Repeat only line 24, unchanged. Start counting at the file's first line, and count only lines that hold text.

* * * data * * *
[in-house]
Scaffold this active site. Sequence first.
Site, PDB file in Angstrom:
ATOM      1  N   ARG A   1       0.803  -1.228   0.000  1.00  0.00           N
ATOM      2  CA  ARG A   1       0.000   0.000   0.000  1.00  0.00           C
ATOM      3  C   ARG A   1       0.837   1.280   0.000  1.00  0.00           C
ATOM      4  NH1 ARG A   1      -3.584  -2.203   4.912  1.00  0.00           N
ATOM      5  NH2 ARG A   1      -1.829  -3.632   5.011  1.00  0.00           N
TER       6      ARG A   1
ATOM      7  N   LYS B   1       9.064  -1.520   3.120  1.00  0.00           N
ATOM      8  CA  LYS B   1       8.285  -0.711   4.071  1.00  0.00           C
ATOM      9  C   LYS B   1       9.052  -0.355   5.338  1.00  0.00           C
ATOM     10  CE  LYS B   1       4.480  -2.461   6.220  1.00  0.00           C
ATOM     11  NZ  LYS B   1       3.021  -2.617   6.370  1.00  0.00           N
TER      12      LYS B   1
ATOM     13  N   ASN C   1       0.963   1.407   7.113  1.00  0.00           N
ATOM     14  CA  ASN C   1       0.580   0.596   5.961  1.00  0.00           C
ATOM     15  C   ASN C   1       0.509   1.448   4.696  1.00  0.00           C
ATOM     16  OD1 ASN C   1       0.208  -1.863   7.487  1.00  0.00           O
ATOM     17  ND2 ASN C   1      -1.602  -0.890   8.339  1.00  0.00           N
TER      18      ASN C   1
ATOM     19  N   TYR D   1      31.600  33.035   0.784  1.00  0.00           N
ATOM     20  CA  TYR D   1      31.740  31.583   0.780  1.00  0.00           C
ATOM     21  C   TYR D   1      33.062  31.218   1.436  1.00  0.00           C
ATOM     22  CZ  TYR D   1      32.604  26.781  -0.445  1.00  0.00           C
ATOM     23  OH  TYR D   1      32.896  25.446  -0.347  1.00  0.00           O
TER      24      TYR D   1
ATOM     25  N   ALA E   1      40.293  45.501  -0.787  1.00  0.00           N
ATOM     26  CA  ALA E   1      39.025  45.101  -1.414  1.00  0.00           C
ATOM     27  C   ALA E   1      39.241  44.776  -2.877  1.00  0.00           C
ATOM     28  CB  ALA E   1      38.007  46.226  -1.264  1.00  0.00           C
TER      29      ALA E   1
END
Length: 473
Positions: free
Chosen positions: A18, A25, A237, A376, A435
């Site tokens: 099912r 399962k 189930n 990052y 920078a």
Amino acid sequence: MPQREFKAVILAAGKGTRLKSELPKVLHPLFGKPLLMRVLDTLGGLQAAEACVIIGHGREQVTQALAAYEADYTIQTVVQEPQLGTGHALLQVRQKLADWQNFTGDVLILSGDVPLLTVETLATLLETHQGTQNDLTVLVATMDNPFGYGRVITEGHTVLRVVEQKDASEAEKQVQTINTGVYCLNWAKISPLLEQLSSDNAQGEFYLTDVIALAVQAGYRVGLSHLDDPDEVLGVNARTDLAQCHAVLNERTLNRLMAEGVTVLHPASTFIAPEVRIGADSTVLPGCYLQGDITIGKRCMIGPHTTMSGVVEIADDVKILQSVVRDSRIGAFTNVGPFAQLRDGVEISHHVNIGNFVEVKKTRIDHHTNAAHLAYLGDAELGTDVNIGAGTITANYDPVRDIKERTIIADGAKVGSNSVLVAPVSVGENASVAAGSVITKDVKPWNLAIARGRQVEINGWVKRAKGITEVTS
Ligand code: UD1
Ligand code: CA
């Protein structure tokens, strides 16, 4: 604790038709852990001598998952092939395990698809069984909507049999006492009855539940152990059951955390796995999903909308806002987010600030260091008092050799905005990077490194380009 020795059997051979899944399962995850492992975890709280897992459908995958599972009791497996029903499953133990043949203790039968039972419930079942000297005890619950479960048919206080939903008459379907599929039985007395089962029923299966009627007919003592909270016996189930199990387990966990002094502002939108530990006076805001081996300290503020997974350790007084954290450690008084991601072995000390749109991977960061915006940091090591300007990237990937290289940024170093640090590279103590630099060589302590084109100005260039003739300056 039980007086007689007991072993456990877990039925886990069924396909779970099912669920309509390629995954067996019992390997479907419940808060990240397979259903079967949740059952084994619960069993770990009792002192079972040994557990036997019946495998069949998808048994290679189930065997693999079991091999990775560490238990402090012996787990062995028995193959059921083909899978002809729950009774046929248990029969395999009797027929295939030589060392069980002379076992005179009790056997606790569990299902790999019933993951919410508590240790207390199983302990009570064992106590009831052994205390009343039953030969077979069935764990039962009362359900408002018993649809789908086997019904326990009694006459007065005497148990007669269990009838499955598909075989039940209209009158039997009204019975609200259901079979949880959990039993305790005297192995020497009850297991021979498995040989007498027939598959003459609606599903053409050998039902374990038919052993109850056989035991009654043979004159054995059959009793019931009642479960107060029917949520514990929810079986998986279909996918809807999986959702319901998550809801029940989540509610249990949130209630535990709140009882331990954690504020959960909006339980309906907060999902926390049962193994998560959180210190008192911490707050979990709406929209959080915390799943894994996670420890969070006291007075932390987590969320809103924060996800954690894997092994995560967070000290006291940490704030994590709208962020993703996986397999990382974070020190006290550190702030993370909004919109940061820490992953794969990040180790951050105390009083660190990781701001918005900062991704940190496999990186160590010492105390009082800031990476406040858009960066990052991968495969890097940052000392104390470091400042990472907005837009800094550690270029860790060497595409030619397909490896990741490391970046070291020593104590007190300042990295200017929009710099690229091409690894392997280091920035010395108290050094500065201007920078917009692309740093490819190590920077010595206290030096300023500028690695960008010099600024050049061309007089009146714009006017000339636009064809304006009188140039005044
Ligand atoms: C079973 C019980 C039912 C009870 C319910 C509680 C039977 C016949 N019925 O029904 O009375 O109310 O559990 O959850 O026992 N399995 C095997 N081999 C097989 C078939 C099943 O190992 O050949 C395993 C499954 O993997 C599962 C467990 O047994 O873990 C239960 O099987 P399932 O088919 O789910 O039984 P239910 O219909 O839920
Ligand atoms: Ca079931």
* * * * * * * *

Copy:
ATOM     21  C   TYR D   1      33.062  31.218   1.436  1.00  0.00           C